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How can Architects and Engineers Work Together to Create Better Designs?

by Kevin F. on January 22, 2014

In my years in the design industry, I’ve worked in a few different types of design offices, both big and small.  I’ve worked in office with architects and landscape architects only; and I’ve worked in offices with both architects and engineers.  One of the biggest challenges I’ve found in my professional career is getting architects and engineers to work together.
 
For some reason, it took me a while to figure this out, but the training of architects and engineers is very different.  Going through the landscape architecture program at Ball State, our focus was on looking at a number of possible solutions to every problem.  To explore options until you couldn’t explore any more.  Our focus was not only on function, but the aesthetic of the project.  How it looked, how the users experienced it, how it felt to be in the space.  I just assumed that the training of an engineer was similar to ours.  I did not really realize the differences until I had a chance to work with engineers on several projects over the years.  An engineer’s training is much different; they are trained to find the most efficient solution to a problem - Period!  Their training is to find the most cost effective solution that is the most functional; and then make it work.  Their training is more of a linear thinking process.  These processes are very different things.
 
Anyone that has ever worked on a project with many disciplines has heard the arguments.  Engineers generally feel that architects spend too much time focusing only on how things look and take all of the design fee and project budget for the look of the project, but don’t take time to figure out how it can actually work.  Architects complain that engineers don’t care about how a project looks and that they can’t think creatively, they only care about getting it done and moving on to the next job. 
 
My experience has actually been quite the opposite.  I’ve found that when you get a good team together that everybody brings something to the table and typically the best designs are created by a multi-disciplinary team that works together.  In reality, all members are an important part of the team that can help shape a project.  But all members have to approach the project with an open mind. So, what are some things we can do to insure the best projects are created and we serve our clients in the best way possible?
 
To me the biggest factor in helping architects and engineers to work together is communication.  But isn’t that really the key to any good project or relationship?  I know this sounds simple, but just establishing some general guidelines for communication at the beginning of a project and setting expectations is critical and can make a world of difference moving forward.  Some tips for establishing communication on a project include:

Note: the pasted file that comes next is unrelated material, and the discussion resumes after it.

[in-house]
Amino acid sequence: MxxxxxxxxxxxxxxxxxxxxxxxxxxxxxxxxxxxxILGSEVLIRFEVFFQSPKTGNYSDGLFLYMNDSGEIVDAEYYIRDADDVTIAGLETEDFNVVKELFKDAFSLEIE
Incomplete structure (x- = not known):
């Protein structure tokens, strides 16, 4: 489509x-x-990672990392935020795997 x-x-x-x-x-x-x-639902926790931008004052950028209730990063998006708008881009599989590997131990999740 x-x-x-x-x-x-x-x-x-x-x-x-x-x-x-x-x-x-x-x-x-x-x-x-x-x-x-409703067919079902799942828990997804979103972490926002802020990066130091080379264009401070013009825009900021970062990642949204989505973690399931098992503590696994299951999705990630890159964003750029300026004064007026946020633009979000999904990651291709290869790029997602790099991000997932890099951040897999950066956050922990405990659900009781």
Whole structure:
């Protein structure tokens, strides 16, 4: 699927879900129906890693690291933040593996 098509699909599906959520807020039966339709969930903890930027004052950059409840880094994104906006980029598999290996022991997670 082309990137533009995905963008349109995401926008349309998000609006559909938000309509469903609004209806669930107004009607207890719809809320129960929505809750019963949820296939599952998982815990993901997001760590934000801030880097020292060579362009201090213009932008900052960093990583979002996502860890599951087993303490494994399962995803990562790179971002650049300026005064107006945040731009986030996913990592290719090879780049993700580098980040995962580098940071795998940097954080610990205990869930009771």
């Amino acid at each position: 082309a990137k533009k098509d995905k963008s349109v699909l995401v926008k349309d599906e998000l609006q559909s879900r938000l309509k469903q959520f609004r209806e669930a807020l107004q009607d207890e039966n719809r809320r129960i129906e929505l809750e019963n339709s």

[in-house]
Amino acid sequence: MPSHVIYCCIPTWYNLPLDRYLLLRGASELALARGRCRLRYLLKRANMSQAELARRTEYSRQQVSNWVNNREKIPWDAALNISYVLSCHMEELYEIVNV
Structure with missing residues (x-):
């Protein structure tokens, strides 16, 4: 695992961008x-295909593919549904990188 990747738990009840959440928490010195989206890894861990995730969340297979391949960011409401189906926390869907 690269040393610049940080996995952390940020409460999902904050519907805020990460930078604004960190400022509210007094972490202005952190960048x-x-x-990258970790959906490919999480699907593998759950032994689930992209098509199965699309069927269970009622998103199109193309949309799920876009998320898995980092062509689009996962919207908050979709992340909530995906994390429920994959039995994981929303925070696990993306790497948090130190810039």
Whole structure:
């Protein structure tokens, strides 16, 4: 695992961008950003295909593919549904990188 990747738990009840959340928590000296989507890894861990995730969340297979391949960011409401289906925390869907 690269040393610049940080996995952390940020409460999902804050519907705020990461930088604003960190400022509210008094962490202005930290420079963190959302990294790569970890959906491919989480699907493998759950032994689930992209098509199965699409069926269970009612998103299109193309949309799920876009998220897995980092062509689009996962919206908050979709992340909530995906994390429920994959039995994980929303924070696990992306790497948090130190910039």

• Having a meeting to set expectations and communication requirements before a project ever starts.  Get everyone in the same room and review the project up front.
  • Set roles and expectations for each team member at the outset.
  • Set deadlines within the project before anything moves forward.
  • Have regular team meetings as the project progresses to discuss progress and next steps.
 
Beyond constant communication at all levels there are a few other things that are important to making the architect/engineer relationship work. 
  1. Project concerns should be discussed at every stage of the project.  In every phase of the project, the entire design team should review the drawings and there should be a meeting to discuss any concerns.  Too often, the designer does not share details of the design until the construction drawing phase.  At this point it is much harder to make changes than in the early conceptual or schematic phases.
  2. Another good practice is to include the entire design team in meetings with the owner.  That allows them to hear the owner’s issues and concerns first hand.  I know some architects that like to have all the information and pass it along to the team.  To me this doesn’t make any sense, other than to have control over the information.
  3. A final thing is that all parties MUST be willing to listen to the other team members’ point of view.  Often times on a project we get an idea that we can’t let go of and we’re not willing to listen to other possible solutions.
 
I know that many of these suggestions seem very simple. Quite honestly, they are.  However, I’ve constantly been surprised by the amount of times I’ve seen just the opposite on a project.  The next time you have an opportunity to try this on a project, go for it.  I think you might be surprised by the outstanding results you can accomplish by truly working as a team.